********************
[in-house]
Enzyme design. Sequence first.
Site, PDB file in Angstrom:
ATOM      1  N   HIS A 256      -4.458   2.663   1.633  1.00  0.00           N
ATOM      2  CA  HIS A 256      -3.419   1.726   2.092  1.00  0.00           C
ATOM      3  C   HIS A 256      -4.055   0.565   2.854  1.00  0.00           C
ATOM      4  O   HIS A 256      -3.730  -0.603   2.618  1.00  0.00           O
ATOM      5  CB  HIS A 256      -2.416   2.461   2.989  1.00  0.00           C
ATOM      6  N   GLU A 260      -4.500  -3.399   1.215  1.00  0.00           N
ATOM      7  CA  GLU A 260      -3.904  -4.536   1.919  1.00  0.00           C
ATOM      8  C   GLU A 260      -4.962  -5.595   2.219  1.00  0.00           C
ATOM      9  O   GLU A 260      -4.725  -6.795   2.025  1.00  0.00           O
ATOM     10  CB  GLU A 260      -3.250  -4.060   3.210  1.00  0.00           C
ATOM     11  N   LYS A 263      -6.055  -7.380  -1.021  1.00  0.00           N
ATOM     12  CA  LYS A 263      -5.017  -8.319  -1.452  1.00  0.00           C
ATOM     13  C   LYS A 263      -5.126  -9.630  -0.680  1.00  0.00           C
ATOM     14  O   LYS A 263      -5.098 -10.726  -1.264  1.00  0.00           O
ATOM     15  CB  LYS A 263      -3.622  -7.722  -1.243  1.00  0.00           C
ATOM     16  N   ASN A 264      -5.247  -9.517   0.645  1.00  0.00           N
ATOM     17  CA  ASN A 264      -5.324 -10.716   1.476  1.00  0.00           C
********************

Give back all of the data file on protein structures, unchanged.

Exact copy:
[in-house]
Enzyme design. Sequence first.
Site, PDB file in Angstrom:
ATOM      1  N   HIS A 256      -4.458   2.663   1.633  1.00  0.00           N
ATOM      2  CA  HIS A 256      -3.419   1.726   2.092  1.00  0.00           C
ATOM      3  C   HIS A 256      -4.055   0.565   2.854  1.00  0.00           C
ATOM      4  O   HIS A 256      -3.730  -0.603   2.618  1.00  0.00           O
ATOM      5  CB  HIS A 256      -2.416   2.461   2.989  1.00  0.00           C
ATOM      6  N   GLU A 260      -4.500  -3.399   1.215  1.00  0.00           N
ATOM      7  CA  GLU A 260      -3.904  -4.536   1.919  1.00  0.00           C
ATOM      8  C   GLU A 260      -4.962  -5.595   2.219  1.00  0.00           C
ATOM      9  O   GLU A 260      -4.725  -6.795   2.025  1.00  0.00           O
ATOM     10  CB  GLU A 260      -3.250  -4.060   3.210  1.00  0.00           C
ATOM     11  N   LYS A 263      -6.055  -7.380  -1.021  1.00  0.00           N
ATOM     12  CA  LYS A 263      -5.017  -8.319  -1.452  1.00  0.00           C
ATOM     13  C   LYS A 263      -5.126  -9.630  -0.680  1.00  0.00           C
ATOM     14  O   LYS A 263      -5.098 -10.726  -1.264  1.00  0.00           O
ATOM     15  CB  LYS A 263      -3.622  -7.722  -1.243  1.00  0.00           C
ATOM     16  N   ASN A 264      -5.247  -9.517   0.645  1.00  0.00           N
ATOM     17  CA  ASN A 264      -5.324 -10.716   1.476  1.00  0.00           C